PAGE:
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December 7, 2002

Deafness only one hurdle mom aims to overcome

From: South Coast Today, MA - 07 Dec 2002

By CYNTHIA GOMEZ, Standard-Times staff writer

NEW BEDFORD -- Serena (not her real name) lives in a world of silence; she is deaf. She will never hear her baby's happy laughter or his cries, or even the voices of the characters in the soap opera she sometimes likes to watch.
As if that's not enough of an obstacle, the 20-year-old is raising her child while attending Bristol Community College.
She has big plans for herself, and she's not about to let a few hurdles get in her way.
"My dream always used to be to have a big beautiful house and a good job," said Serena's mother Iris, reading her daughter's hands as they signed her words. "Now I want much more. I'm very proud that I'm a mom and I want a much better life for my baby."
Serena became deaf when she caught viral meningitis as a baby. She wasn't expected to live through the ordeal. Although she lost her hearing in the process, she beat the odds. She plans to beat them again.
"I want to be a veterinarian," she said. "I know I can do everything other people can do. The thing is, people are scared to talk to me; they avoid me or they treat me like I'm stupid. It makes me feel lost, like an outsider. Sometimes I just sit and cry because I feel like I won't make it. But I need to go out in the world and work. I don't want to raise my son in the projects."
Each day is a struggle, though.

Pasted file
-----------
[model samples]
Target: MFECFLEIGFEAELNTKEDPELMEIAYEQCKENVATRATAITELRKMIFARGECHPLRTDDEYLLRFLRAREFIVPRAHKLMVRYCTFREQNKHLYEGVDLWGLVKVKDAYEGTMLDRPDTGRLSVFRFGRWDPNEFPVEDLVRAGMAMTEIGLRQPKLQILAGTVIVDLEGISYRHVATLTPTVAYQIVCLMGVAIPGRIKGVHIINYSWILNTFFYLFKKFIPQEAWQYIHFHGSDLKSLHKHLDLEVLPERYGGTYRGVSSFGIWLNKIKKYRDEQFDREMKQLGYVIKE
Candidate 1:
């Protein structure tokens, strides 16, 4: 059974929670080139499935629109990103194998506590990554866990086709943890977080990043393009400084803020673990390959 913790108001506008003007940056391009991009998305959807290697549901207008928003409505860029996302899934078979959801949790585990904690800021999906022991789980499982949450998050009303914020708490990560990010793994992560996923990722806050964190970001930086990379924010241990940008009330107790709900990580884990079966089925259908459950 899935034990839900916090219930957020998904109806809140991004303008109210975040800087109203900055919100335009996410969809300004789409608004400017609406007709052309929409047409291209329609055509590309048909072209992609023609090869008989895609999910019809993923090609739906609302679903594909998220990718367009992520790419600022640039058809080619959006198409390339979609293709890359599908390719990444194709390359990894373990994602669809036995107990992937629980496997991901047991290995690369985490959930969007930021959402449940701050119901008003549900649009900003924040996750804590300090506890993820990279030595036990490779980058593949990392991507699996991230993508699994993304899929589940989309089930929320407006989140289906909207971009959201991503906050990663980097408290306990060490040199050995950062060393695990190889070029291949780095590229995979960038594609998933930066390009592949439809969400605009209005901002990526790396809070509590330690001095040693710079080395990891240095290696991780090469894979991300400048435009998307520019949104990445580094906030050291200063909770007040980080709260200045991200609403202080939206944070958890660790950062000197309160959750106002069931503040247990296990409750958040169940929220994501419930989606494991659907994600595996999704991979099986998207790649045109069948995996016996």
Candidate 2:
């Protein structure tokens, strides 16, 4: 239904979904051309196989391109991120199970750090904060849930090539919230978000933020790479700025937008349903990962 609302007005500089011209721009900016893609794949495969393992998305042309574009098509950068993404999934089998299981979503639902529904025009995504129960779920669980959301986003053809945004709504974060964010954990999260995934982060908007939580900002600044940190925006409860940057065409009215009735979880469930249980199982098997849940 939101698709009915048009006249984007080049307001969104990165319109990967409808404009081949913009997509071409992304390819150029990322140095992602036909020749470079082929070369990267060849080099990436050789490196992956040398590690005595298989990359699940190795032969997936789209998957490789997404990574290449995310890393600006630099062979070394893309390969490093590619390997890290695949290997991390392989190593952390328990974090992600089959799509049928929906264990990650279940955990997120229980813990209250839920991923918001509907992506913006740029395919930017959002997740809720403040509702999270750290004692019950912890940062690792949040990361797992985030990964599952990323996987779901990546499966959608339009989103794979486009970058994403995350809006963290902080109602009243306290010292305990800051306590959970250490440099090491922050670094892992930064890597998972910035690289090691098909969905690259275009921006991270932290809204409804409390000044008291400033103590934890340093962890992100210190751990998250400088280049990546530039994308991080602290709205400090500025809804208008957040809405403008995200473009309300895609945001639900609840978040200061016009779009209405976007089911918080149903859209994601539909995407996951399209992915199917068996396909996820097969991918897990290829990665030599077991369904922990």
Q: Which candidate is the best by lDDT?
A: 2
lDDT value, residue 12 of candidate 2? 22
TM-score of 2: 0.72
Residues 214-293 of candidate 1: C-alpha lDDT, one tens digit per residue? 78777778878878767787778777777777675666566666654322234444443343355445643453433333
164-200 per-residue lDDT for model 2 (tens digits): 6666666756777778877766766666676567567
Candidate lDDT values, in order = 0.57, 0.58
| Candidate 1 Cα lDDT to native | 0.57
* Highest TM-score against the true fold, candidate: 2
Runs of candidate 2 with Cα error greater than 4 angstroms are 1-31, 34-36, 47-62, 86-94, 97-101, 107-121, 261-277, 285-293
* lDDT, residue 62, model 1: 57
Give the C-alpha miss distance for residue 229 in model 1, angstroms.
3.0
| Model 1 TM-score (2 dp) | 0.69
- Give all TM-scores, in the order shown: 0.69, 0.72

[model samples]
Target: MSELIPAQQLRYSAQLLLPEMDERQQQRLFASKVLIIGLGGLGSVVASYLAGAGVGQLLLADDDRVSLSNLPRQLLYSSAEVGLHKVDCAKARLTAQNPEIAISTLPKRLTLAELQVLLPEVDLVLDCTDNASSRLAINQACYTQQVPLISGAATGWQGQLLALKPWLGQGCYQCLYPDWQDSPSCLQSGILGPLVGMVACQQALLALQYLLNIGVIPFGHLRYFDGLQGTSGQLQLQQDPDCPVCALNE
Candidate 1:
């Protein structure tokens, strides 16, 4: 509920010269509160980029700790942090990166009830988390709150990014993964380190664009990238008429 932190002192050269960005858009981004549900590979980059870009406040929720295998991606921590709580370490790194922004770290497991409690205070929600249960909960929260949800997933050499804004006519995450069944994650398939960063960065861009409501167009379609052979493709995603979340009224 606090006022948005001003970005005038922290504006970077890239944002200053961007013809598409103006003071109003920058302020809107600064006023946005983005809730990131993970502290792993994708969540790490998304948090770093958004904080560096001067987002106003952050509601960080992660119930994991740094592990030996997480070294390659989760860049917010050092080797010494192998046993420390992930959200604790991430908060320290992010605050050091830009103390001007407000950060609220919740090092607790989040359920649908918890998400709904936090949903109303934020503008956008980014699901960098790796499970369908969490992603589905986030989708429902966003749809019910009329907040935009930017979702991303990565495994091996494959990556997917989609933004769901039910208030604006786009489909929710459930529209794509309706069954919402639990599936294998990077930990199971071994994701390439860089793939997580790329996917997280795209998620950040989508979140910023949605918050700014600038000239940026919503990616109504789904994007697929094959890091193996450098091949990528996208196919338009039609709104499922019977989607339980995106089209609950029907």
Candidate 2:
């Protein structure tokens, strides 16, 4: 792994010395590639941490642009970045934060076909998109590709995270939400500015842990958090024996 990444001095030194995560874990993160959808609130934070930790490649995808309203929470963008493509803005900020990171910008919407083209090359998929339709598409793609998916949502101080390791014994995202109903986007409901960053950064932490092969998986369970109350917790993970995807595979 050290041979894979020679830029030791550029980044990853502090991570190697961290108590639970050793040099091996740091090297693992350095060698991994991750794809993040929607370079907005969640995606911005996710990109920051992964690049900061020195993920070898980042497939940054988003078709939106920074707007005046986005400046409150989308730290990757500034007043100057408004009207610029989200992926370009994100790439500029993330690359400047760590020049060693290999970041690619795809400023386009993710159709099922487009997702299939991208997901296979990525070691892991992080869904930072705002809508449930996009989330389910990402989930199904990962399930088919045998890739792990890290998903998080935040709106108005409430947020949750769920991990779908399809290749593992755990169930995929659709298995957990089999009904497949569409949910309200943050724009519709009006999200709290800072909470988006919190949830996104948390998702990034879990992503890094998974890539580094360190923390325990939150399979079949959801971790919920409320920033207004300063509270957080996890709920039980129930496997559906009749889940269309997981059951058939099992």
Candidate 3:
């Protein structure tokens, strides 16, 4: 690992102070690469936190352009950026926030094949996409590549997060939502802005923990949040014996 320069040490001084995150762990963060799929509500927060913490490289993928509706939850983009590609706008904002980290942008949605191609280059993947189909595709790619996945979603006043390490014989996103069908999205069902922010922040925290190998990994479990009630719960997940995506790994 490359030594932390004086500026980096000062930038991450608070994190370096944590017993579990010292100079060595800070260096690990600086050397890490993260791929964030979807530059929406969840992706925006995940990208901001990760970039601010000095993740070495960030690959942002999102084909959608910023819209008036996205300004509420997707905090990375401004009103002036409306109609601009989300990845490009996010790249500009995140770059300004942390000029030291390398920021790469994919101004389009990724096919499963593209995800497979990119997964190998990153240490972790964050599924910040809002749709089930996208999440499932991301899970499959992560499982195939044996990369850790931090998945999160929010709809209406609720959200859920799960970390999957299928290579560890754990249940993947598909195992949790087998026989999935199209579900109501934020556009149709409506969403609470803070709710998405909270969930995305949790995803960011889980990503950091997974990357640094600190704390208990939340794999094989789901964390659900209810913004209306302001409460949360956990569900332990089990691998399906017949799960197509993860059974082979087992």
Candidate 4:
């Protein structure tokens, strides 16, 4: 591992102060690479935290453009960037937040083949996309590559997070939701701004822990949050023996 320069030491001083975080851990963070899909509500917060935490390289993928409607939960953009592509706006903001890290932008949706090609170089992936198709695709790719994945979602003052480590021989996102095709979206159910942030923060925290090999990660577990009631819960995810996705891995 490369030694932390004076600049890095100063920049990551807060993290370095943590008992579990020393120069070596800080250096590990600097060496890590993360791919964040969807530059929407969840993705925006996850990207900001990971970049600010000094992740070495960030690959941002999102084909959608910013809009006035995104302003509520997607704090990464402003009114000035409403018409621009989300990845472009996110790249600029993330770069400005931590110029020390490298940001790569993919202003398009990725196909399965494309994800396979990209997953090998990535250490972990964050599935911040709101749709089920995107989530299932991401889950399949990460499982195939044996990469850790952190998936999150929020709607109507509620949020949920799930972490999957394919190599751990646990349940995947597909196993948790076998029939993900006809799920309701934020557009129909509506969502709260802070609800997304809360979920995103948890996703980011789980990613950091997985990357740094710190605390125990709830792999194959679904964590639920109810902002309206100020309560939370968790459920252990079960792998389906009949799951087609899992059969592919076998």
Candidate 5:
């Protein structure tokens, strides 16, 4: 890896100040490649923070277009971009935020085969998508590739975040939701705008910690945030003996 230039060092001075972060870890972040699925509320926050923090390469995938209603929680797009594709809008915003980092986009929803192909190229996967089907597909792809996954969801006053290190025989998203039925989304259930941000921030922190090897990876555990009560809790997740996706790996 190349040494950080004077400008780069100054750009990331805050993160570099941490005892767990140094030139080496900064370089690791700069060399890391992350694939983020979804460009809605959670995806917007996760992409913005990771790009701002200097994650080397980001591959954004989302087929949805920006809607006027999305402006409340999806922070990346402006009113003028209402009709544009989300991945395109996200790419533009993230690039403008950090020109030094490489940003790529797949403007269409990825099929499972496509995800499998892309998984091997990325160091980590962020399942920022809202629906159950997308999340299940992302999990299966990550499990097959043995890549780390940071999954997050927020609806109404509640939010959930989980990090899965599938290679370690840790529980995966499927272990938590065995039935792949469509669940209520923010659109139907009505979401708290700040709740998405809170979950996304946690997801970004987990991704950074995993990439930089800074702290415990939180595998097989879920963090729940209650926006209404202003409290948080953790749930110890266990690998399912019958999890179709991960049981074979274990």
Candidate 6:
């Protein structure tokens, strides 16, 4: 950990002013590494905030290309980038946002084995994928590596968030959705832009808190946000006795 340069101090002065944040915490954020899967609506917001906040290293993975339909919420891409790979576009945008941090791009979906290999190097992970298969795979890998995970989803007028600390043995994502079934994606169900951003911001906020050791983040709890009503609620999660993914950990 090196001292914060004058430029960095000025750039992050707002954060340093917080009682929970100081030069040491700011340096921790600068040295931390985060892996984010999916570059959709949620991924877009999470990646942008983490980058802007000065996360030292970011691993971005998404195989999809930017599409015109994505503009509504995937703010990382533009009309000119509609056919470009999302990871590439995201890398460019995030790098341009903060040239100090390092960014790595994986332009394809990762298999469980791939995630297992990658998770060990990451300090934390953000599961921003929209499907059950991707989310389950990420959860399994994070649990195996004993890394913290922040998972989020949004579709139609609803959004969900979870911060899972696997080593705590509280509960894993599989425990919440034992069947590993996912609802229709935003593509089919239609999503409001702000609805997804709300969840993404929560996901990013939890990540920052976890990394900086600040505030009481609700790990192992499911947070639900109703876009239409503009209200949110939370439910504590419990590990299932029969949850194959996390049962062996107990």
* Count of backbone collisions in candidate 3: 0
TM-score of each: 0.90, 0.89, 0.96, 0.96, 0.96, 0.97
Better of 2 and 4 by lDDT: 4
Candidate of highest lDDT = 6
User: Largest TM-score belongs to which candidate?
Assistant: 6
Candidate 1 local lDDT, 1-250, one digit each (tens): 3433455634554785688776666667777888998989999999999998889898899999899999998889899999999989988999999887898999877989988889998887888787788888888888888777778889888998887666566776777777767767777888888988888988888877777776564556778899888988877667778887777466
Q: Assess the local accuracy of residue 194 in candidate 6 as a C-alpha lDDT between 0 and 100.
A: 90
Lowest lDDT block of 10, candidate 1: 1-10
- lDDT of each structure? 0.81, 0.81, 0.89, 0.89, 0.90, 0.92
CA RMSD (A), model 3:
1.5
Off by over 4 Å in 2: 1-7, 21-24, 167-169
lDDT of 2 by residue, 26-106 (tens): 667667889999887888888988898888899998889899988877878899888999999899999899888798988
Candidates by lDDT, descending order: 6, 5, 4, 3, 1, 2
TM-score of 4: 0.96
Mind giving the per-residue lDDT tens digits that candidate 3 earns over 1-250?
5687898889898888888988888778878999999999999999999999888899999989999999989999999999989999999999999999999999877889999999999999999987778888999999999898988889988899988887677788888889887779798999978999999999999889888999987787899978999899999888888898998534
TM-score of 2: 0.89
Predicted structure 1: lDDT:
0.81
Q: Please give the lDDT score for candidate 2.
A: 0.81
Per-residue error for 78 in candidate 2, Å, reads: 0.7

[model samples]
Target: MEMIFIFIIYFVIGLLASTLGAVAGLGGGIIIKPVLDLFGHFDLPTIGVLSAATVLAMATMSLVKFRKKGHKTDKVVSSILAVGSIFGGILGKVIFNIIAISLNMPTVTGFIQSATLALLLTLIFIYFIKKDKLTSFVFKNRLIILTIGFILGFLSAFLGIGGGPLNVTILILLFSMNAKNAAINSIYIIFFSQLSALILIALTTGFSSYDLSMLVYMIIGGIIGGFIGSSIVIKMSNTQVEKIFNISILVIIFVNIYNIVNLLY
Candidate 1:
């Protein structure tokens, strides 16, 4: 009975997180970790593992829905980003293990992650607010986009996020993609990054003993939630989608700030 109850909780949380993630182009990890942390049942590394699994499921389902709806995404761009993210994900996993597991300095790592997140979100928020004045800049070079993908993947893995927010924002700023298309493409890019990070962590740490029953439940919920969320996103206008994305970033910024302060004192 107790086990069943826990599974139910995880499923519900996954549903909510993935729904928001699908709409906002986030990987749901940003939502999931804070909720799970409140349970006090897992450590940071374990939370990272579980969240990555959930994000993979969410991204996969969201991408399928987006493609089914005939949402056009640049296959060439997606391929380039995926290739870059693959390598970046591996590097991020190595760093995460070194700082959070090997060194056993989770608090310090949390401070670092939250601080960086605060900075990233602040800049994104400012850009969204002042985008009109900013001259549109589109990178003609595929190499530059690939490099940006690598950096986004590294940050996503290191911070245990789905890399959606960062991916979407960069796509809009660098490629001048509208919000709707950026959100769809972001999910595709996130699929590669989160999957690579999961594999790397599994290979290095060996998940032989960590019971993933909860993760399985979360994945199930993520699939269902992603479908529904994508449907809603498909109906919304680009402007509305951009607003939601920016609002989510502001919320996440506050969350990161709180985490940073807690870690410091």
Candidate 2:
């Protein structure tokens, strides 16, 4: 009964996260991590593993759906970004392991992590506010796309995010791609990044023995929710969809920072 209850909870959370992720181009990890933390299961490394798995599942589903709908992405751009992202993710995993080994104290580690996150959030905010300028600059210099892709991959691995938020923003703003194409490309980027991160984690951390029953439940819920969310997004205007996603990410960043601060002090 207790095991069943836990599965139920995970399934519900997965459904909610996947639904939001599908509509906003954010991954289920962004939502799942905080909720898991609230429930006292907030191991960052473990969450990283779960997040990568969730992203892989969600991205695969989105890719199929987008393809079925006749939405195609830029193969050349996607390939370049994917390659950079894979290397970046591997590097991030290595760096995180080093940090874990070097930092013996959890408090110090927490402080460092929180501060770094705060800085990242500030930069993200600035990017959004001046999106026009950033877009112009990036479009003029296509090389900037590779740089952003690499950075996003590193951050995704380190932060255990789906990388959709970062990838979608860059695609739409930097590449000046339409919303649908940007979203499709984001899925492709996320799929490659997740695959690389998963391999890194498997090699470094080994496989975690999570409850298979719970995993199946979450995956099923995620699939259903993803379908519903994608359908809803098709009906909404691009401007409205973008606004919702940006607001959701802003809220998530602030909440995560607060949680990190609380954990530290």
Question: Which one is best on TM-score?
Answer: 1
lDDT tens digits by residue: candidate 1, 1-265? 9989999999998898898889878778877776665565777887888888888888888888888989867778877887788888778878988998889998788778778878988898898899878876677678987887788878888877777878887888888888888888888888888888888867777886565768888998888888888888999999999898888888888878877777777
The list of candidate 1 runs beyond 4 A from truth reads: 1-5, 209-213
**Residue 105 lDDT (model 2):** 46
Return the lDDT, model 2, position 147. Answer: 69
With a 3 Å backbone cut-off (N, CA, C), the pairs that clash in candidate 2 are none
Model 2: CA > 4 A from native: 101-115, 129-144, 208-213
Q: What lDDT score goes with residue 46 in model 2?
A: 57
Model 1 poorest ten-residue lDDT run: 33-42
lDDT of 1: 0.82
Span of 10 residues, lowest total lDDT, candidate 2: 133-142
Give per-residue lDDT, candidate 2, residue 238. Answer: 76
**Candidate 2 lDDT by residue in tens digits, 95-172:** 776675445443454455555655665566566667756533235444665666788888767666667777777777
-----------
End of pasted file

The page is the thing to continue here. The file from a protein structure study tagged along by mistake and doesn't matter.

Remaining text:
She and her child live in a public housing unit. They get by on $500 monthly in disability pay and less than $100 a month in food stamps. The money is barely enough to pay her bills, and the food stamps rarely make it halfway through the month.
"Sometimes we don't have food," she said. "I always make sure I buy more food for the baby, but if there's no money, I try to go to my grandmother's house and get something to eat there."
Her boyfriend Tom, who is also Jacob's dad, is deaf as well. He, too, receives disability pay. He helps however he can, but their income is still not enough.
Both Serena and the baby need clothes. Whenever she has any spare money, it goes toward buying her child the things he needs, though they are soon outgrown.
She doesn't remember the last time she bought herself anything, and she admits that all her clothing, right down to undergarments, is old and worn.
Two months ago, the car she used to get to and from school in Fall River broke down, and the $300 she needs for repairs is just not there. She now must ask her mother for rides or borrow her boyfriend's car. If neither are available, she misses school.
Serena's mom also points out that diapers are usually hard to come by, and baby Jacob doesn't have enough blankets.
"It breaks my heart to see my daughter suffer," said Iris. "We help each other all we can, but I don't have much, either."
With Christmas just weeks away, it's likely the lean tree in her living room will never see any presents.
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